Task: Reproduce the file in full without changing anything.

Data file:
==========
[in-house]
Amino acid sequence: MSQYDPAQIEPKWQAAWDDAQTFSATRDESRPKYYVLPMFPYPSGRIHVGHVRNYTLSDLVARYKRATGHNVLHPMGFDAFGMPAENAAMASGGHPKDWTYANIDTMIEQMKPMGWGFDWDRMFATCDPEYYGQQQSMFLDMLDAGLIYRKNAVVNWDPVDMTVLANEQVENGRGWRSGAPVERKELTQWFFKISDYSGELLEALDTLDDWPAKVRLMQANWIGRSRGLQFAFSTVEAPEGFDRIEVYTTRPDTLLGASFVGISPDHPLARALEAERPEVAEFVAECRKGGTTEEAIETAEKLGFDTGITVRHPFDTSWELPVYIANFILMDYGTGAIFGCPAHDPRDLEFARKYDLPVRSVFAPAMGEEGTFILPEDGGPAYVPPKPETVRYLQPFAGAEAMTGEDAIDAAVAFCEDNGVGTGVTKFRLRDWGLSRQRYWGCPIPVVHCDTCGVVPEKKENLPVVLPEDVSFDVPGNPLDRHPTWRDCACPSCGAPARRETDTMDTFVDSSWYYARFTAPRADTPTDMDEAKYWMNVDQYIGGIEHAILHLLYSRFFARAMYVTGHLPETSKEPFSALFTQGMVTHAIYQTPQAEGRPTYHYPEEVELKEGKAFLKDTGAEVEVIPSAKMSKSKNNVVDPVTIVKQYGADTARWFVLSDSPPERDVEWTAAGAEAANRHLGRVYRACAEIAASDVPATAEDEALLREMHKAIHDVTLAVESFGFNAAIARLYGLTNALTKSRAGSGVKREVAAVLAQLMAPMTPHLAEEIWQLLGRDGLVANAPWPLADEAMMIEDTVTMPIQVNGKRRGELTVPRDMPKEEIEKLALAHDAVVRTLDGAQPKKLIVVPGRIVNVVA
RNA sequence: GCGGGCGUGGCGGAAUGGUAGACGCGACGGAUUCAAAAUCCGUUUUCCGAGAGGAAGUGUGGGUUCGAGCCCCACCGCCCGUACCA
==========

[in-house]
Amino acid sequence: MSQYDPAQIEPKWQAAWDDAQTFSATRDESRPKYYVLPMFPYPSGRIHVGHVRNYTLSDLVARYKRATGHNVLHPMGFDAFGMPAENAAMASGGHPKDWTYANIDTMIEQMKPMGWGFDWDRMFATCDPEYYGQQQSMFLDMLDAGLIYRKNAVVNWDPVDMTVLANEQVENGRGWRSGAPVERKELTQWFFKISDYSGELLEALDTLDDWPAKVRLMQANWIGRSRGLQFAFSTVEAPEGFDRIEVYTTRPDTLLGASFVGISPDHPLARALEAERPEVAEFVAECRKGGTTEEAIETAEKLGFDTGITVRHPFDTSWELPVYIANFILMDYGTGAIFGCPAHDPRDLEFARKYDLPVRSVFAPAMGEEGTFILPEDGGPAYVPPKPETVRYLQPFAGAEAMTGEDAIDAAVAFCEDNGVGTGVTKFRLRDWGLSRQRYWGCPIPVVHCDTCGVVPEKKENLPVVLPEDVSFDVPGNPLDRHPTWRDCACPSCGAPARRETDTMDTFVDSSWYYARFTAPRADTPTDMDEAKYWMNVDQYIGGIEHAILHLLYSRFFARAMYVTGHLPETSKEPFSALFTQGMVTHAIYQTPQAEGRPTYHYPEEVELKEGKAFLKDTGAEVEVIPSAKMSKSKNNVVDPVTIVKQYGADTARWFVLSDSPPERDVEWTAAGAEAANRHLGRVYRACAEIAASDVPATAEDEALLREMHKAIHDVTLAVESFGFNAAIARLYGLTNALTKSRAGSGVKREVAAVLAQLMAPMTPHLAEEIWQLLGRDGLVANAPWPLADEAMMIEDTVTMPIQVNGKRRGELTVPRDMPKEEIEKLALAHDAVVRTLDGAQPKKLIVVPGRIVNVVA
RNA sequence: GCGGGCGUGGCGGAAUGGUAGACGCGACGGAUUCAAAAUCCGUUUUCCGAGAGGAAGUGUGGGUUCGAGCCCCACCGCCCGUACCA